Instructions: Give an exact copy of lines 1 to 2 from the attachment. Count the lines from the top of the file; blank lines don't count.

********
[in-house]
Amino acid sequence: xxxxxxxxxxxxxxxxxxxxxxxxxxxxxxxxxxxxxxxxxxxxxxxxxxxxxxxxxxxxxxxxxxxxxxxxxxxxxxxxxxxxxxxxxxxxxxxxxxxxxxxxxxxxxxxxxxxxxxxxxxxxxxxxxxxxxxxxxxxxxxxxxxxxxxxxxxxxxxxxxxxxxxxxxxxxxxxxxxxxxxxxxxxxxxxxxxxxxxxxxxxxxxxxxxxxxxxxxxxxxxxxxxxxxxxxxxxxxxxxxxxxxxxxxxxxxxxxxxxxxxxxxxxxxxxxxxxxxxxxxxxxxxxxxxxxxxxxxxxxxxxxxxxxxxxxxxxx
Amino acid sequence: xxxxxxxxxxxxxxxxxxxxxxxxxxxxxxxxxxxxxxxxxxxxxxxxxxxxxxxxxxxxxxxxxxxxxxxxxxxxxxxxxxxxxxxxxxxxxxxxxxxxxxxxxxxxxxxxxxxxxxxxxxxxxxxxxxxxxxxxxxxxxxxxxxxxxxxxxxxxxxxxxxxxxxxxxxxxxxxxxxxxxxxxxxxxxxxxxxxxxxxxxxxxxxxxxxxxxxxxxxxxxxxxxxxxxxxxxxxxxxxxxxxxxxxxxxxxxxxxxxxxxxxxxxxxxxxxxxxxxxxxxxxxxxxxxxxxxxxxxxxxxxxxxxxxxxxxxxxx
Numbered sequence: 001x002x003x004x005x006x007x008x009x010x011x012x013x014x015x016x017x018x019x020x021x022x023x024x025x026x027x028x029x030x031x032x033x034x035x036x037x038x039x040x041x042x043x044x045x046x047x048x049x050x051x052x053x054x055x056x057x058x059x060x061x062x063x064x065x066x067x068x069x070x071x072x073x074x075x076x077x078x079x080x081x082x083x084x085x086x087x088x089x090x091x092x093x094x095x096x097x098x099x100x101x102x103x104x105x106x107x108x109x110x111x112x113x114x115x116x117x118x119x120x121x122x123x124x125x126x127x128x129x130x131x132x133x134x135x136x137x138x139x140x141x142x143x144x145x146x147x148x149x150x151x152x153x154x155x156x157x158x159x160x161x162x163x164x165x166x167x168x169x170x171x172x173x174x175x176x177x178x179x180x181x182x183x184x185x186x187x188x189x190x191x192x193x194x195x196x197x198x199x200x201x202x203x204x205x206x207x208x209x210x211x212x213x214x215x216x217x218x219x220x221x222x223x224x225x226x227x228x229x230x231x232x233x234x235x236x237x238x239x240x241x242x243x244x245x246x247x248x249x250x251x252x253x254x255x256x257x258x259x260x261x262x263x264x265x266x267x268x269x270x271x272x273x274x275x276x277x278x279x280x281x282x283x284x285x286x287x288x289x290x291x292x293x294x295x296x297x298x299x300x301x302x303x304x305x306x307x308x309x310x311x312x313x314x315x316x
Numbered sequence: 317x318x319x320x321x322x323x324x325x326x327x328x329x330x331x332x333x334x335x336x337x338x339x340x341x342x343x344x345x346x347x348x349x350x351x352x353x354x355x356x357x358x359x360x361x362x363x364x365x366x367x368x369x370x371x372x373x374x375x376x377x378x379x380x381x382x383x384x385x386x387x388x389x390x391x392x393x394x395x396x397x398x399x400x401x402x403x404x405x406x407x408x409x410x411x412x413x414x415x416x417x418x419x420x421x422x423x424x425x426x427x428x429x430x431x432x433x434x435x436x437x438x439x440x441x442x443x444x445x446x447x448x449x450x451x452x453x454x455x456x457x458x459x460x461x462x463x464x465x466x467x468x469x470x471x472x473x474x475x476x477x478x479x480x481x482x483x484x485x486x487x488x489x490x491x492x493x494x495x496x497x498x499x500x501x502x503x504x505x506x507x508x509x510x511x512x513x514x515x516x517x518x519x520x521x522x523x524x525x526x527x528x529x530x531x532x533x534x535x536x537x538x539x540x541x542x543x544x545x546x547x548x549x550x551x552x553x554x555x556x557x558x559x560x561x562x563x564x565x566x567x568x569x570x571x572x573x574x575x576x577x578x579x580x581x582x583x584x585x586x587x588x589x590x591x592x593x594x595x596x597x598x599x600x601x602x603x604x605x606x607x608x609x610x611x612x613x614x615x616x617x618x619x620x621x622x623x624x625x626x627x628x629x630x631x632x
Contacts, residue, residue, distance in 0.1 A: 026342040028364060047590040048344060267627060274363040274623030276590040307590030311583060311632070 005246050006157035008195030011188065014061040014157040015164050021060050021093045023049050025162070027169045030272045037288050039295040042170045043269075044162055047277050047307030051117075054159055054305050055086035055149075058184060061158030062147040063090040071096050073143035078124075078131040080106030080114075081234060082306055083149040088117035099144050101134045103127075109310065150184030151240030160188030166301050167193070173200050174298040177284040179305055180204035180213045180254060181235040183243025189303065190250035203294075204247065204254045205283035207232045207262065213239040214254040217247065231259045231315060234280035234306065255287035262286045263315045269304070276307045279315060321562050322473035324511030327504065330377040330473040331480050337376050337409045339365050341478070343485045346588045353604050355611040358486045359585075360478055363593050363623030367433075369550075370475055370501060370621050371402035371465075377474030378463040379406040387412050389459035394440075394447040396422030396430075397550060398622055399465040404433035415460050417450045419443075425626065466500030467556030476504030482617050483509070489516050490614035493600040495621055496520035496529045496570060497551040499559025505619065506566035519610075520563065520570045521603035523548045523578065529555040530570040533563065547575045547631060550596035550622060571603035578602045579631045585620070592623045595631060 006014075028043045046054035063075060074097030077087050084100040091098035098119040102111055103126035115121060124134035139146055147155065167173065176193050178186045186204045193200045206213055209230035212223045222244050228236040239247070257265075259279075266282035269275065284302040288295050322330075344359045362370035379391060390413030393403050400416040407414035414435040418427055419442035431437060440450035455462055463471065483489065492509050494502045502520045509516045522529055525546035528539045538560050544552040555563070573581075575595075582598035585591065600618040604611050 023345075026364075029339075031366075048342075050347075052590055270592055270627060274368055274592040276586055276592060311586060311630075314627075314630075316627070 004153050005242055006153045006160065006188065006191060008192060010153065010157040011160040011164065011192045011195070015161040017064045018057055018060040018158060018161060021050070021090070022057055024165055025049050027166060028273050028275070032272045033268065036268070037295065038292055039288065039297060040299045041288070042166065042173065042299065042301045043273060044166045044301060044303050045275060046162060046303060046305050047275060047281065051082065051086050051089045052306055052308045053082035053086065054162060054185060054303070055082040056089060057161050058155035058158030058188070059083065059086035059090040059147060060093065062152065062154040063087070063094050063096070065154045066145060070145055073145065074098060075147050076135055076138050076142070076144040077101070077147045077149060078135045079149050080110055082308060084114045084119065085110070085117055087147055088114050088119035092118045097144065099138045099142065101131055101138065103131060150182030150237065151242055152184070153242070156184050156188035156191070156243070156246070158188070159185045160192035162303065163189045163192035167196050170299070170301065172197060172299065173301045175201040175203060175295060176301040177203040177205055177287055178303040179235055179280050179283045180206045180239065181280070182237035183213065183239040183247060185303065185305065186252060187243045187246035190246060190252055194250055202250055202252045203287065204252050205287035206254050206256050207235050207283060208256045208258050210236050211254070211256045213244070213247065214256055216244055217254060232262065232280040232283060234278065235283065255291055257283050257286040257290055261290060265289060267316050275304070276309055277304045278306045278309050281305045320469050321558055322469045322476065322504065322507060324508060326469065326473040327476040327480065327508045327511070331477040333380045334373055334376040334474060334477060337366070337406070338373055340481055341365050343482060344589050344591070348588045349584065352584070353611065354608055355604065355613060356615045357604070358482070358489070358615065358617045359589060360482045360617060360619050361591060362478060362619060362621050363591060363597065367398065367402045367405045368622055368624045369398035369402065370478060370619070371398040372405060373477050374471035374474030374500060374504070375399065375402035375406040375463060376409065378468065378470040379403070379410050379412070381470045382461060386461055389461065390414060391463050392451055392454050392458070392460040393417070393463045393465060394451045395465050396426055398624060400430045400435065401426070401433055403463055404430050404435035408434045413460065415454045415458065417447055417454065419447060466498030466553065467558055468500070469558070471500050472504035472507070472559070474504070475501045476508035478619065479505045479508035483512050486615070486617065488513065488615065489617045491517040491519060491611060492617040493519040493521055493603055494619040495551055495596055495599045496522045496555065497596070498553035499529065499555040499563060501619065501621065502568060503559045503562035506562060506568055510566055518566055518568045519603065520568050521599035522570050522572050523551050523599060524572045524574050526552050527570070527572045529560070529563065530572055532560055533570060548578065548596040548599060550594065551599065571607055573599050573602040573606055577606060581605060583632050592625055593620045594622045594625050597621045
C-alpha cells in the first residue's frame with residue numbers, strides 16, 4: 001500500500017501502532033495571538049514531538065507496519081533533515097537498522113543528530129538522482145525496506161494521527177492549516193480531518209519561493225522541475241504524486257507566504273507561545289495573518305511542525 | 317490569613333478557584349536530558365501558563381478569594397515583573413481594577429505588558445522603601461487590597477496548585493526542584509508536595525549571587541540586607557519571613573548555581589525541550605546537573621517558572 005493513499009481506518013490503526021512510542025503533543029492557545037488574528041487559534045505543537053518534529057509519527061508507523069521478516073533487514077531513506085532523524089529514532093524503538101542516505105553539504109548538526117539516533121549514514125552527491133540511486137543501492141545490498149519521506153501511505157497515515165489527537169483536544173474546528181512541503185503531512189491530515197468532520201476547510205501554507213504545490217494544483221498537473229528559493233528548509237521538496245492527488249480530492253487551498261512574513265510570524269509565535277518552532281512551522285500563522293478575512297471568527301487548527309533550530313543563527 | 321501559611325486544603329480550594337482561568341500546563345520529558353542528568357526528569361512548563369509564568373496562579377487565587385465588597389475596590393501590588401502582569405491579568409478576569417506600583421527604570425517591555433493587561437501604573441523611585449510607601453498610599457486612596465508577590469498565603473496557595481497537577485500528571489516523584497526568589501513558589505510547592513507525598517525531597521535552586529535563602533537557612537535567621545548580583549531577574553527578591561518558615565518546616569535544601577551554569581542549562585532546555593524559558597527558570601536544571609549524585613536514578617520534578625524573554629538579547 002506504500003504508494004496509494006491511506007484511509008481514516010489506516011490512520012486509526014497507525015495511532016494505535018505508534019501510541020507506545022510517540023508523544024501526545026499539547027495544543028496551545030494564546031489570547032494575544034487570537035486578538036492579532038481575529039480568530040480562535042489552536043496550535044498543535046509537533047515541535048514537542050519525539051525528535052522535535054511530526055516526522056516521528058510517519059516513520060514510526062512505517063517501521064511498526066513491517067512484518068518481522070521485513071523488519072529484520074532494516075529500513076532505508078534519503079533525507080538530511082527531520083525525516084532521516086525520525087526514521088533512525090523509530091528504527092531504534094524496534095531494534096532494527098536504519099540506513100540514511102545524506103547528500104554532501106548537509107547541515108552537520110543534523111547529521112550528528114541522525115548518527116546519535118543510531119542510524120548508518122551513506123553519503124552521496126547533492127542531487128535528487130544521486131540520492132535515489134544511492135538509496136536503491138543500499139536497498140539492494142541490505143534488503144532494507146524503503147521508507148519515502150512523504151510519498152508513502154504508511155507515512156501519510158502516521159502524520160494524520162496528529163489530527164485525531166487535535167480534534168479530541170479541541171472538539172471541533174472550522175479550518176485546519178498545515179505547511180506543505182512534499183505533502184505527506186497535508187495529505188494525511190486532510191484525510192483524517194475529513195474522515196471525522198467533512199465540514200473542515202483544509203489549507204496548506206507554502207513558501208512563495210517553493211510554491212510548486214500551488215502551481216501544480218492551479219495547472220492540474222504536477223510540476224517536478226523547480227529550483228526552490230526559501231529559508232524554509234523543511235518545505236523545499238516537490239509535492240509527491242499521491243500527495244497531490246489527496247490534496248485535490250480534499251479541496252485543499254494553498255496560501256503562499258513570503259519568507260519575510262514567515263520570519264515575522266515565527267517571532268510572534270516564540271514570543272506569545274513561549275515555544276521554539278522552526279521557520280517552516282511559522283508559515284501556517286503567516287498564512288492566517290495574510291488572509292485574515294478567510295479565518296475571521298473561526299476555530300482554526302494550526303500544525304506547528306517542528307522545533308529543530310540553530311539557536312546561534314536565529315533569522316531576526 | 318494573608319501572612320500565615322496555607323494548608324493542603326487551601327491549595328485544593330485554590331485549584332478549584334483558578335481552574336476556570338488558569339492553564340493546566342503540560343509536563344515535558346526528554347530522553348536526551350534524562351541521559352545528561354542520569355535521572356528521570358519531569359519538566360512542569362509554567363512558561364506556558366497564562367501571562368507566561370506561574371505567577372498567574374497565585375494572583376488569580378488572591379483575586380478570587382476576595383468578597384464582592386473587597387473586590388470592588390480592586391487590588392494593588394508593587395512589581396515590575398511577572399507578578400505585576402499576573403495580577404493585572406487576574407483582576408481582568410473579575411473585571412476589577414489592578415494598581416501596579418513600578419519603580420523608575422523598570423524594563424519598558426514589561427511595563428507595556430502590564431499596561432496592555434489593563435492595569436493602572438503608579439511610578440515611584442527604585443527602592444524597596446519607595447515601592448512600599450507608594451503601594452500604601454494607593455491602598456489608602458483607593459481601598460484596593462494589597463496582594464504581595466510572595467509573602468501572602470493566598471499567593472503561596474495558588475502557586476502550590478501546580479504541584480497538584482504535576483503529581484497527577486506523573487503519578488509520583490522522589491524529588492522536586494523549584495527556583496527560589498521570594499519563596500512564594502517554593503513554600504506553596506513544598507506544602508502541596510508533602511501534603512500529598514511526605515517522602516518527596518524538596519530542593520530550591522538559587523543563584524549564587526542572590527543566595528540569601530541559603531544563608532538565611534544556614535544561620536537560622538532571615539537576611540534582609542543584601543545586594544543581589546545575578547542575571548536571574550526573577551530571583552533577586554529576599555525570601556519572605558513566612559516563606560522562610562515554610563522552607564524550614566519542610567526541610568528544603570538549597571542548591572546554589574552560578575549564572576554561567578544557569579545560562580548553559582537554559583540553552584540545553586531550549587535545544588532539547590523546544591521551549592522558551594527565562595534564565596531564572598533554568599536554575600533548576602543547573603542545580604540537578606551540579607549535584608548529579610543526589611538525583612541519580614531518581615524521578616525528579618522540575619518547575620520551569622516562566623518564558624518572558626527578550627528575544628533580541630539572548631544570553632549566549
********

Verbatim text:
[in-house]
Amino acid sequence: xxxxxxxxxxxxxxxxxxxxxxxxxxxxxxxxxxxxxxxxxxxxxxxxxxxxxxxxxxxxxxxxxxxxxxxxxxxxxxxxxxxxxxxxxxxxxxxxxxxxxxxxxxxxxxxxxxxxxxxxxxxxxxxxxxxxxxxxxxxxxxxxxxxxxxxxxxxxxxxxxxxxxxxxxxxxxxxxxxxxxxxxxxxxxxxxxxxxxxxxxxxxxxxxxxxxxxxxxxxxxxxxxxxxxxxxxxxxxxxxxxxxxxxxxxxxxxxxxxxxxxxxxxxxxxxxxxxxxxxxxxxxxxxxxxxxxxxxxxxxxxxxxxxxxxxxxxxx